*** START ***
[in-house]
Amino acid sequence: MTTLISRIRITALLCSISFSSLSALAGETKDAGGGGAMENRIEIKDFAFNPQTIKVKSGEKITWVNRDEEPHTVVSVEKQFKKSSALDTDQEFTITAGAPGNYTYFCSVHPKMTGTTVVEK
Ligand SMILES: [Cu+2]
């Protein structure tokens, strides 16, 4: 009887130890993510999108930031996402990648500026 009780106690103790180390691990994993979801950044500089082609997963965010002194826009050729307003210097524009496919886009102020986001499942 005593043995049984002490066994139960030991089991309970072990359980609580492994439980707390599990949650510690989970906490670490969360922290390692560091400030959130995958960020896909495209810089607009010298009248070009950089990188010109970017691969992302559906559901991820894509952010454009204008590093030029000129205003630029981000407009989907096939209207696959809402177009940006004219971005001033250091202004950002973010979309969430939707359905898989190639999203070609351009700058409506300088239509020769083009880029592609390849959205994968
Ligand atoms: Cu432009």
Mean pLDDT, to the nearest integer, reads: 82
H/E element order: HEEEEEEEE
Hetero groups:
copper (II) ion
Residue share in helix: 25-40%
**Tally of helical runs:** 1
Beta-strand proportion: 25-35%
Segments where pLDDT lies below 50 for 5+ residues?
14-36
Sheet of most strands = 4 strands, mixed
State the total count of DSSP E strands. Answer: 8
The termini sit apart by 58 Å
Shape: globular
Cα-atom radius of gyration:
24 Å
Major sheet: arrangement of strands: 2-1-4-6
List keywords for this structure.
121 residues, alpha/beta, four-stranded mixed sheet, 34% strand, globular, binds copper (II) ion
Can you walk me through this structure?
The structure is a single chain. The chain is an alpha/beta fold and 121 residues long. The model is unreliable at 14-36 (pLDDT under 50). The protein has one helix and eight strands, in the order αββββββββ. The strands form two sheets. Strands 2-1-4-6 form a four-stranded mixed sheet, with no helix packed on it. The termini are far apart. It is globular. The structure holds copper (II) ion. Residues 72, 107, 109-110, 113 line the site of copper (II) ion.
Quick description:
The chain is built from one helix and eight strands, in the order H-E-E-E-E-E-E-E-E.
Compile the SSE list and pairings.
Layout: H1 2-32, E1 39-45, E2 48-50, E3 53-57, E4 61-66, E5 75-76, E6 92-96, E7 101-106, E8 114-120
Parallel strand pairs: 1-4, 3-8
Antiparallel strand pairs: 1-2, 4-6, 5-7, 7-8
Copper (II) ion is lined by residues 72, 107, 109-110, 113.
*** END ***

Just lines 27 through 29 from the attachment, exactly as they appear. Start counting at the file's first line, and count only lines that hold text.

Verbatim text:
The chain is built from one helix and eight strands, in the order H-E-E-E-E-E-E-E-E.
Compile the SSE list and pairings.
Layout: H1 2-32, E1 39-45, E2 48-50, E3 53-57, E4 61-66, E5 75-76, E6 92-96, E7 101-106, E8 114-120